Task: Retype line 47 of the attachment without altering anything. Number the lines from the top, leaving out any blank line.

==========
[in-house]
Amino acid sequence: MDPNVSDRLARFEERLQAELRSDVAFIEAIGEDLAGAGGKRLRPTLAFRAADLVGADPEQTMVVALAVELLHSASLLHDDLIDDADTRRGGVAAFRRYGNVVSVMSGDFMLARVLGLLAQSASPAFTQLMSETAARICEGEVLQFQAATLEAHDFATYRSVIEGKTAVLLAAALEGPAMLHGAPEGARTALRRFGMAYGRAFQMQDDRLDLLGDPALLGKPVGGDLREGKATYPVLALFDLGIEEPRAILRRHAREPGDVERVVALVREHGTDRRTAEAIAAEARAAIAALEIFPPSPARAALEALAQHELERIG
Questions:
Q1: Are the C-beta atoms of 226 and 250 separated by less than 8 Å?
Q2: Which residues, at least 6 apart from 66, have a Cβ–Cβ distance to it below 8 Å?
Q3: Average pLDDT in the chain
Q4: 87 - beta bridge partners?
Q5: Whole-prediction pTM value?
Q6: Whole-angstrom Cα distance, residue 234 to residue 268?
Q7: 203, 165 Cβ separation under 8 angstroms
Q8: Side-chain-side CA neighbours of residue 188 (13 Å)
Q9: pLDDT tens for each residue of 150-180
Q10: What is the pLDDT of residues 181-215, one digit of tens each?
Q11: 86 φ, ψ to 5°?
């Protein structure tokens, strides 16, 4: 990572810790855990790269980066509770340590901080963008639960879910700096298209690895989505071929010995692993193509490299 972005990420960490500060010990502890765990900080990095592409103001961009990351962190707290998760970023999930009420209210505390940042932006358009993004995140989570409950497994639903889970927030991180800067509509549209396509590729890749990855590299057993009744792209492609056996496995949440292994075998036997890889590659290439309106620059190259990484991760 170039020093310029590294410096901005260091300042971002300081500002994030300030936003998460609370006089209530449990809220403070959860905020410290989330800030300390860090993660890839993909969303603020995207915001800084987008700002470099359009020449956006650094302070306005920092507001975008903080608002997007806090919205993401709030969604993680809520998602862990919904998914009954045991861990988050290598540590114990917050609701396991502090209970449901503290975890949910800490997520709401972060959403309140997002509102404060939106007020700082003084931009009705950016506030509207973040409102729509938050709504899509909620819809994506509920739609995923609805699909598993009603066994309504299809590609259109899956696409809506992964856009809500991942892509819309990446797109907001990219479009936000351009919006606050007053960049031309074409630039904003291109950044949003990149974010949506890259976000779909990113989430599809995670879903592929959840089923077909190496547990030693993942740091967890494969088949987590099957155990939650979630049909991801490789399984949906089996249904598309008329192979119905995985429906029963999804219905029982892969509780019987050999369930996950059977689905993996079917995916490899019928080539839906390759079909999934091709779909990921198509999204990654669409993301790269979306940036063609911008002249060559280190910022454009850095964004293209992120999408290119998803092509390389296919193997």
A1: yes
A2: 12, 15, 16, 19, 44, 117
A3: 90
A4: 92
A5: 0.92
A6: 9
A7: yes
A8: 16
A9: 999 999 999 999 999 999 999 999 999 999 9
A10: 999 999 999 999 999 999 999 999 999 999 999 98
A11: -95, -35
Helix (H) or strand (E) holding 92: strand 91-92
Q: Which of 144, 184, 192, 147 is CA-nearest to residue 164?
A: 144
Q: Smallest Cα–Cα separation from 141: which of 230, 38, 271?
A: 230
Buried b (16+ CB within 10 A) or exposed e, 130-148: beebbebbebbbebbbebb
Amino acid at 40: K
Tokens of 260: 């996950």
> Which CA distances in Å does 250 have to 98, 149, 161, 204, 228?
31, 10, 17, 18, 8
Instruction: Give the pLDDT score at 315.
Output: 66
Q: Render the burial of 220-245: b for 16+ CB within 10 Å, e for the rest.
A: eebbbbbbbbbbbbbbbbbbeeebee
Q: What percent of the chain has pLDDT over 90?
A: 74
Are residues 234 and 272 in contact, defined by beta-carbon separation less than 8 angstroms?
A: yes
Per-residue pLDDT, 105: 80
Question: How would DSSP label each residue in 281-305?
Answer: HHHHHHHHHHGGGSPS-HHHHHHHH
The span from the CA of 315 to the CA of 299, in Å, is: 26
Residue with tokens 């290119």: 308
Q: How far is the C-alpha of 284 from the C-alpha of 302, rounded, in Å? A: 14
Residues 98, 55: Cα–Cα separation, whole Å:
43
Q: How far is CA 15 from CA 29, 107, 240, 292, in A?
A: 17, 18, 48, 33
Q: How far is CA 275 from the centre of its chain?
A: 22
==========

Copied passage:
Answer: HHHHHHHHHHGGGSPS-HHHHHHHH